January 11, 2015

1406 ROMANIA (Maramureş) - Vaser Valley Mocăniţa


A Mocăniţă is a narrow gauge railway in Romania (most notably in mountainous areas in  Maramureş, Transylvania, and Bukovina), and the locomotives operating on them. The word mocăniţă is a term of endearment, derived from the Romanian word mocan (meaning shepherd or one who lives in the mountains), and suffixed as feminine and diminutive. Many of these forestry railways were built in the era of the  Austro-Hungarian Empire, especially in the Carpathian Mountains. They followed the rivers, often necessitating tight curves, hence the use of the narrow gauge. The tracks were constructed so as to enable small locomotives to pull empty logging wagons up into the mountains and to let heavily loaded trains roll down under gravity to the saw mills.

The most well-known mocăniță runs in the Vaser Valley in Maramureş County, in the far north of Romania, close to the border with the Ukraine. CFF Vişeu de Sus (CFF is the Romanian abbreviation for Căile Ferate Forestiere, meaning "Forestry Railway") is the last remaining forestry railway in Europe. The industrial use of timber in the Vaser Valley began in the 18th century, during the Austro-Hungarian Empire. German-speaking settlers explored the forest, harvested the timber, and transported it in log rafts down the river to the saw mills of Vişeu de Sus. This railway was constructed between 1933 and 1935 (under Romanian administration) and uses a gauge of 760mm (the standard for narrow gauge lines within the Austro-Hungarian Empire). It was partially destroyed by German troops during the WWII, but was rebuilt again.

While forest roads replaced the railways in most European countries after 1945, the forestry railways in Romania survived much longer. Even as late as 1986 new forestry steam locomotives were being built in Romania, and in 1989 more than 15 forestry railways were still in existence, totalling approximately 1000 kms of line. The economic changes commencing in 1990 had a devastating impact on the State-run forestry railways. Within a few years almost all were decommissioned and closed. Only Vaser River Railway is still operating, and serves its primary purpose, as a forestry railway for logging.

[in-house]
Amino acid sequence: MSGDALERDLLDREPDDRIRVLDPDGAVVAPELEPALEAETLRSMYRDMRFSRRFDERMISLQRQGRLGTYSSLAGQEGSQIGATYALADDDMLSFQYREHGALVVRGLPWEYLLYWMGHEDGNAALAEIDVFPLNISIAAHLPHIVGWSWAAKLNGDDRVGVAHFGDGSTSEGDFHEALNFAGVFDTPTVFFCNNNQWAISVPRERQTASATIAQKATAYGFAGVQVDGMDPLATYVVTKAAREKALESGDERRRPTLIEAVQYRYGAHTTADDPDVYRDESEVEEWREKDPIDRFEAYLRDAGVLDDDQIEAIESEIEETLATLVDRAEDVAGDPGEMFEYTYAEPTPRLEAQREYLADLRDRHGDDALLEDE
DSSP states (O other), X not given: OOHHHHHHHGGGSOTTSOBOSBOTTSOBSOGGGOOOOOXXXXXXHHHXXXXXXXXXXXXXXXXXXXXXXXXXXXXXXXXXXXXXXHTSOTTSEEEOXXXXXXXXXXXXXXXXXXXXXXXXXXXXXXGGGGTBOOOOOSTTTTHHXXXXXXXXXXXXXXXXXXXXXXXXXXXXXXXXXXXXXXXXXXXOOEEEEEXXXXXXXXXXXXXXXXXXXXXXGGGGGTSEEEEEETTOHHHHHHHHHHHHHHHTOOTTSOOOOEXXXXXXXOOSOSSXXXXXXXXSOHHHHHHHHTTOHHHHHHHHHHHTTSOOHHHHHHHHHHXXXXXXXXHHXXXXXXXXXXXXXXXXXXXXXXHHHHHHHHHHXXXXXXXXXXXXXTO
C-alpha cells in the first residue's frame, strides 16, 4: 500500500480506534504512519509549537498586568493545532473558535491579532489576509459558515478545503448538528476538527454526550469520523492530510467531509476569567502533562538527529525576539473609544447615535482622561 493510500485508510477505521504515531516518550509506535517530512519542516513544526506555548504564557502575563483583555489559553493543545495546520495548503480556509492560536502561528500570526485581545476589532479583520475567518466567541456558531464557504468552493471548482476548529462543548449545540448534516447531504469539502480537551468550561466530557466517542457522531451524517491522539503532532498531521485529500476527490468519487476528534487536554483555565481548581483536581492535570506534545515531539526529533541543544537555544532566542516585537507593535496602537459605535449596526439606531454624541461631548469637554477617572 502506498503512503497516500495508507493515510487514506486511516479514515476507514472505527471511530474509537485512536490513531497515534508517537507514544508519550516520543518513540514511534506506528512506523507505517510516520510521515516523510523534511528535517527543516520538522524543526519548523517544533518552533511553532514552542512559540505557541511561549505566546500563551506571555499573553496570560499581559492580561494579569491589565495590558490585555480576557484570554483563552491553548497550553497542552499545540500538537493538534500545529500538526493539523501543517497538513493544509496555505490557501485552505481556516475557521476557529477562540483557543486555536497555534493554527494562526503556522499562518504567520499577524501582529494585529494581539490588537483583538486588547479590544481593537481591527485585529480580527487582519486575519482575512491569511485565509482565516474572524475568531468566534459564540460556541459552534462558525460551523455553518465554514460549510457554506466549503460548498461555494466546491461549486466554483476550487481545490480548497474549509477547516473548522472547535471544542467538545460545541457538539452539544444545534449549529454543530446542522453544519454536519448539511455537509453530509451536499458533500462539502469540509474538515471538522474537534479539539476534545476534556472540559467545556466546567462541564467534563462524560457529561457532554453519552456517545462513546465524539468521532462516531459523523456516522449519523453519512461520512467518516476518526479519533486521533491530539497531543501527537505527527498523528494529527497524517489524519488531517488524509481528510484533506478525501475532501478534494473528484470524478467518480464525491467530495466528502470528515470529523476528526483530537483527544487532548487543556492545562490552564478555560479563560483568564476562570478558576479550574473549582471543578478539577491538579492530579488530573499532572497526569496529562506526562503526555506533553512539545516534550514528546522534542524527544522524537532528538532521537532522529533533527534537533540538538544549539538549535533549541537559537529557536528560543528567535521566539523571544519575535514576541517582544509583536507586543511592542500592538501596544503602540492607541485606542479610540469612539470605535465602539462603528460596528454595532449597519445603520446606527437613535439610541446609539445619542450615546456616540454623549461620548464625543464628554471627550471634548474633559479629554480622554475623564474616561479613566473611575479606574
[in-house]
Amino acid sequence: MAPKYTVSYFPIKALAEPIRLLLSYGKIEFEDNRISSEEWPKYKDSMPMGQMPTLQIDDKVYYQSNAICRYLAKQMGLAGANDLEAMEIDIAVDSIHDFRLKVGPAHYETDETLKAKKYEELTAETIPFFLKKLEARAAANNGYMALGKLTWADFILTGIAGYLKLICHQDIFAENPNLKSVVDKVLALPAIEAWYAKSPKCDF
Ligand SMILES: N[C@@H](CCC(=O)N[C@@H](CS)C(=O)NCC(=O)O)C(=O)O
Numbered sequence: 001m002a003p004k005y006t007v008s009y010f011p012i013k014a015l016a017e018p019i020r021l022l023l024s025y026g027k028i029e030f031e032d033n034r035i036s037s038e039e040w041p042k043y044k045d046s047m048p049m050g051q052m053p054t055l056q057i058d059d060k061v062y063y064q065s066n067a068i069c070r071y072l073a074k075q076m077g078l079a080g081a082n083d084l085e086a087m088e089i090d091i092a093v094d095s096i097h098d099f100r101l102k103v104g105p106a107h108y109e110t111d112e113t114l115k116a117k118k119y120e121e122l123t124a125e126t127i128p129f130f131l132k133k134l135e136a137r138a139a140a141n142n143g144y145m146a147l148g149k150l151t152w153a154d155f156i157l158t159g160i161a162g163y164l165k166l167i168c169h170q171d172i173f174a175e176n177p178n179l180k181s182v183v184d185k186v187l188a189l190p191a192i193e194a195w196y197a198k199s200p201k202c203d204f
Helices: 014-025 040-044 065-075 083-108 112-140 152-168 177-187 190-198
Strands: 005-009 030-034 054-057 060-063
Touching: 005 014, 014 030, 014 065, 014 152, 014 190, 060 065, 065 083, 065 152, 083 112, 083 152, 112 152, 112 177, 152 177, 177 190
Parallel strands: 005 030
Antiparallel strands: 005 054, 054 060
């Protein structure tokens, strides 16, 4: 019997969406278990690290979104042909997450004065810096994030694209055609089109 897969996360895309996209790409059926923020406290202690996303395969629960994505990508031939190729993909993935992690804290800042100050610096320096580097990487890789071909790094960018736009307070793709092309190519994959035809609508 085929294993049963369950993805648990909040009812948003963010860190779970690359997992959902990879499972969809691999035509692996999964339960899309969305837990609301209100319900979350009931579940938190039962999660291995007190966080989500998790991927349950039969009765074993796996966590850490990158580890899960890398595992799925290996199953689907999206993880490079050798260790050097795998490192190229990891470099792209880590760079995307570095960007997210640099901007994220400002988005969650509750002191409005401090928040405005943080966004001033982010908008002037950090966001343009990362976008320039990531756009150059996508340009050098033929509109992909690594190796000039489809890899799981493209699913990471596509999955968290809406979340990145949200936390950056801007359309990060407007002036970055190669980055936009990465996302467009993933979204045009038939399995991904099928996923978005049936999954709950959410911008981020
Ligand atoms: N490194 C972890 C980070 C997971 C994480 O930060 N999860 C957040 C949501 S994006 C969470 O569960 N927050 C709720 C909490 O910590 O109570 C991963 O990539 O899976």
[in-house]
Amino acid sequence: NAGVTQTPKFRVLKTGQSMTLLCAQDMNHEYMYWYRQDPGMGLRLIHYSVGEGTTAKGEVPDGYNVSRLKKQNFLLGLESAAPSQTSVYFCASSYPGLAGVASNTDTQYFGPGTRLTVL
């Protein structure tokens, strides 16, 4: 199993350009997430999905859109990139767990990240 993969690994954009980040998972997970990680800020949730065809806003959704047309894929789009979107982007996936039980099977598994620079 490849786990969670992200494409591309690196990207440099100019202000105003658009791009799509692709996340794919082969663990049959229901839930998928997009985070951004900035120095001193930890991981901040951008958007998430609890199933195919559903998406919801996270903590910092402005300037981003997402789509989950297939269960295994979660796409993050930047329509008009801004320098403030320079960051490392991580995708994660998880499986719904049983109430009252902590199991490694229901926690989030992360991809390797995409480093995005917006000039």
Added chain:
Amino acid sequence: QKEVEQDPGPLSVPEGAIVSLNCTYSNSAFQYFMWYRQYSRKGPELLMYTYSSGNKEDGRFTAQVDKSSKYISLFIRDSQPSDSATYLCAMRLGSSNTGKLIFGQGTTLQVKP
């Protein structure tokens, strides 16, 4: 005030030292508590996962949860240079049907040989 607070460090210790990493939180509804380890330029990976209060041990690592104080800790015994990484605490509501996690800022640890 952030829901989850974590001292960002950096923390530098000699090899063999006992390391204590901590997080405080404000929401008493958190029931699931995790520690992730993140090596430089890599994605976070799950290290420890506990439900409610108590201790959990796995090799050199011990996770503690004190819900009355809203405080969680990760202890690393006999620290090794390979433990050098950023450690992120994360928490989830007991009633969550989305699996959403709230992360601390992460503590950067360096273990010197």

While forest roads replaced the railways in most European countries after 1945, in Romania they survived much longer. Even in 1986 new steam locomotives were being built, and in 1989 more than 15 forestry railways were still in existence, totalling 1000kms of line. The changes commencing in 1990 had a devastating impact on the State-run forestry railways, within a few years almost all being closed. Only Vaser River Railway survived, since 2003 being managed by the private Romanian corporation R.G. Holz Ltd. It is still used for logging, but in 2004 work began on rehabilitating it as a tourist attraction. A Swiss enthusiast helped this greatly by starting an organisation for saving the railway: Hilfe für die Wassertalbahn in Rumänien (Help for the Vaser Valley Railway).

The main line is 43 km long, from Vişeu de Sus to Comanu, near the Ukrainian border, and runs alongside the Vaser River with numerous curves, bridges and several tunnels, into a wild and romantic valley. The railway opens up a vast area of isolated forest and mountain, without roads or villages but with plenty bears and wolves instead. This trip usually takes between 3 and 4 hours (details on the official website). Several steam engines are used: 764-211 (Măriuţa) was built in Berlin by Orenstein & Koppel in 1910; 763-193 (Krauss) was also built in Germany, in 1921; and there are five Romanian locomotives built at Reşiţa between 1953-1955. On the postcard is 764.421 Elveţia (Switzerland), built at Reşiţa in 1954.

About the stamp


The stamp is part of the series Banknote Portraits, designed by Mihai Vămăşescu şi Stan Pelteacu, and issued on February 10, 2012:
• the portrait of Nicolae Iorga (1871-1940), a famous Romanian historian, literary critic, playwright, poet, encyclopaedist, memorialist, minister, professor and academician (1 Leu banknote) (0.80 RON) - it's on other postcard
• the portrait of George Enescu (1881-1955), Romanian composer known worldwide, violinist, pianist and conductor, considered to be the most important Romanian musician (5 Lei banknote) (1.40 RON) - it's on the postcard
• the portrait of Nicolae Grigorescu (1838-1907), the founder of Romanian modern painting, who received the title of Romanian Academy Member in 1899 (10 Lei banknote) (2.10 RON)
• the portrait of Aurel Vlaicu (1882-1913), the pioneer of Romanian and world aviation, builder of flying devices and pilot (50 Lei banknote) (2.40 RON)
• the portrait of Ion Luca Caragiale (1852-1912). He was a descendant of an actors’ family and is recognized as the greatest Romanian playwright. His work is famous due to the comedies he wrote, which continue to be in the pipeline also in present (100 Lei banknote) (3.00 RON).
• the portrait of Lucian Blaga (1895-1961), Romanian philosopher, poet, playwright, translator, journalist, professor and diplomat (200 Lei banknote) (3.10 RON)
• the portrait of Mihai Eminescu (1850-1889), unanimously recognized as the greatest poet of Romanians (500 Lei banknote) (6.00 lei)

References
Last of the Carphatian Forestry Railways - Official website of the Mocăniţa Steam Train
Mocăniţă - Wikipedia

Sender: Carmen Jucătoru
Sent from Eforie Sud (Constanţa / Romania), on 08.08.2014
Photo: Michael Schneeberger

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